Back doors

The recent hubbub in politics about security services back doors into end-to-end encrypted messaging service has got me thinking. Putting aside the issues of technological impossibility, as we enter into a world in which more and more devices are connected, a storm of questions about the morals, ethics and necessity of back doors into things could … Continue reading Back doors

Adaptability

Earlier this week I had a connection request on LinkedIn from someone under the nom de plume of Unemploy Bot, claiming in its headline "I will take your job soon!". Normally I'd shun such nonsense, but there was something about Unemploy Bot that tickled me. I accepted the request, and got into a short conversation, … Continue reading Adaptability

LinkedOut

I've been using LinkedIn since 2004. It's been a constant past of my working life for those 13 years. I've been a subscriber for about 7 years. In that time my monthly subscription has crept up surreptitiously to now be more than double what it was when I started paying for additional access to the … Continue reading LinkedOut

Robot propaganda

Every picture tells a story. These days in the realm of social networks, click rates and the hunt for audience it's more like every picture sells a story. Imagery is vital to online content. The featured images that get scraped and then catch the eye as articles are tweeted and favorited. The decorative fly in … Continue reading Robot propaganda

The influence of the network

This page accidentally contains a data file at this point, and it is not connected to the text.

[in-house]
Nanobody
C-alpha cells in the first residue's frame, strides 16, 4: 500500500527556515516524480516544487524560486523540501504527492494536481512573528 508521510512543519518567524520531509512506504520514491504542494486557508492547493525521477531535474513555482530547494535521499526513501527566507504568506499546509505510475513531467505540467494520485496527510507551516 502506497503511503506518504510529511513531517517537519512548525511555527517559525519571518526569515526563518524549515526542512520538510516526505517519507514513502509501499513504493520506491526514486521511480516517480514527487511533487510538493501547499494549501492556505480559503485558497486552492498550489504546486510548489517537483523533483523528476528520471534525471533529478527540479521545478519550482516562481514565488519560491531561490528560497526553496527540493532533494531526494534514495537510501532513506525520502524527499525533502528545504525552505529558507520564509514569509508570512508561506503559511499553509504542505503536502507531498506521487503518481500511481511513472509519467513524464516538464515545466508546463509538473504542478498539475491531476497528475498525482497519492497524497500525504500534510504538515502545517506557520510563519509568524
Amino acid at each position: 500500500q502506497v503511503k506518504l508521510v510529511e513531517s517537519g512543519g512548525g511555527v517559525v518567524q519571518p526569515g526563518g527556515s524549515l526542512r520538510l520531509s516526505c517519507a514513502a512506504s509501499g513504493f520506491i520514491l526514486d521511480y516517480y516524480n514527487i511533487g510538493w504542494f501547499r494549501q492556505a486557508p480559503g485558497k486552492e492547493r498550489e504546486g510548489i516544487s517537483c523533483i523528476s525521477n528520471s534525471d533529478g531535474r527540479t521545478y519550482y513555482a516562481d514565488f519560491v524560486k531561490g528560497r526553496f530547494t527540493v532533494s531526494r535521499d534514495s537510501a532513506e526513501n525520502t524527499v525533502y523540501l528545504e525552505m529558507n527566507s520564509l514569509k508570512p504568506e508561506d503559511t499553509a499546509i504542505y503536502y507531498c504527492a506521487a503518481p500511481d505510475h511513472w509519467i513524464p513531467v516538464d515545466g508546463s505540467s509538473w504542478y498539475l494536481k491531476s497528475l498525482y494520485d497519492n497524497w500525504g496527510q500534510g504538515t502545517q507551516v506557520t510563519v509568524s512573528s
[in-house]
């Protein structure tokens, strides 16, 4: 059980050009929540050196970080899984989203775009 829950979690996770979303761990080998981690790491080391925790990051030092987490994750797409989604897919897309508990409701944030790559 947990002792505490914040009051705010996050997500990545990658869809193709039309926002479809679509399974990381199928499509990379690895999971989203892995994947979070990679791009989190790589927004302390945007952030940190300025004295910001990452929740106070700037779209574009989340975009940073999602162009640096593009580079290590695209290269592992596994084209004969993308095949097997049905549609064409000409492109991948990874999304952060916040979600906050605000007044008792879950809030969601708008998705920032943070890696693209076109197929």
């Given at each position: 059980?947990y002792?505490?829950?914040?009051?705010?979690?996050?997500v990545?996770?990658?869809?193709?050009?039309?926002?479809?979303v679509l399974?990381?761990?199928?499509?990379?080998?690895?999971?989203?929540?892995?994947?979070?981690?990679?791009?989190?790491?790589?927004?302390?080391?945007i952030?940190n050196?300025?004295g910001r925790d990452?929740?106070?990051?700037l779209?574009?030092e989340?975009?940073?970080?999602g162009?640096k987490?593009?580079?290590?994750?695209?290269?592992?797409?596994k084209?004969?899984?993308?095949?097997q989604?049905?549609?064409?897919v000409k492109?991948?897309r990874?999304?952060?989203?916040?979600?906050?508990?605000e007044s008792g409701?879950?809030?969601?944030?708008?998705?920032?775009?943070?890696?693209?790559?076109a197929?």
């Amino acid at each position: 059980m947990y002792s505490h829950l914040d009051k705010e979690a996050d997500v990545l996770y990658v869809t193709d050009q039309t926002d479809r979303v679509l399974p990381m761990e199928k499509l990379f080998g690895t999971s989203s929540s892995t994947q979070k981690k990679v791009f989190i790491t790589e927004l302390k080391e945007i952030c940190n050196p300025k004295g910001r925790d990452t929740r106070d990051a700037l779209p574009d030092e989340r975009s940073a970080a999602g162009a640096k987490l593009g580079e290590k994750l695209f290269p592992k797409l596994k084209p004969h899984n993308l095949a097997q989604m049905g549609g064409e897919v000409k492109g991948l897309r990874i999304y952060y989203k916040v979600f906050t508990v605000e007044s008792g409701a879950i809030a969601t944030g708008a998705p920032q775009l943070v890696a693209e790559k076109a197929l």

Another fascinating day at Julia Hobsbawm's Names Not Numbers event in London. It's a hugely eclectic day, yesterday spanning the role of theatre in politics, advances in the life sciences, David Bowie, the neuroscience of truth and an interview with the artist Maggi Hambling who I think has now become my favourite sweary creative (wrestling the … Continue reading The influence of the network

The Thinking Duck

A new week, a new book. This week it's Steven Johnson's Wonderland: How play made the modern world. Johnson's thesis is that much technological innovation attend from the pursuit of happiness and distraction rather than from hard-headed economic need. In one of the early chapters he charts how the work of automata manufacturer Jacques dear … Continue reading The Thinking Duck

Yearnote 2016

Another year flies past... If you go into a branch of McDonald's these days (an occasional guilty pleasure, I'll admit it), then you are increasingly likely to find that the restaurant has been upgraded to the new automated model. Big touch screens enable customers to place their orders, pay, and then queue up to receive … Continue reading Yearnote 2016

Digital Customer Experience event

In January I'm going to be part of a stellar line up of speakers at The Focus Group's Customer Experience Digital Leadership event taking place in London. I'll be exploring some of the themes on Play that are developing out of my work on the book (see the clip below), but I can also highly recommend … Continue reading Digital Customer Experience event

Self-driving fantasies

Piece of data #1: the average car is parked for an average of 95% of its lifetime. Piece of data #2: 57.5% of the UK population drive to work. Piece of data #3: the average Brit sleeps something of the order of 7 hours in any 24 hour period. Including time either end for going to bed and … Continue reading Self-driving fantasies

The anti-social

Over the past few weeks I've been getting a lot of social love from employees of Oracle the world over. A video interview that I did for CIO.co.uk a little earlier in the autumn has been tweeted dozens and dozens of times by people working for the Larry Ellison Relational Behemoth. Well, I say "people". I'm actually not so sure. This … Continue reading The anti-social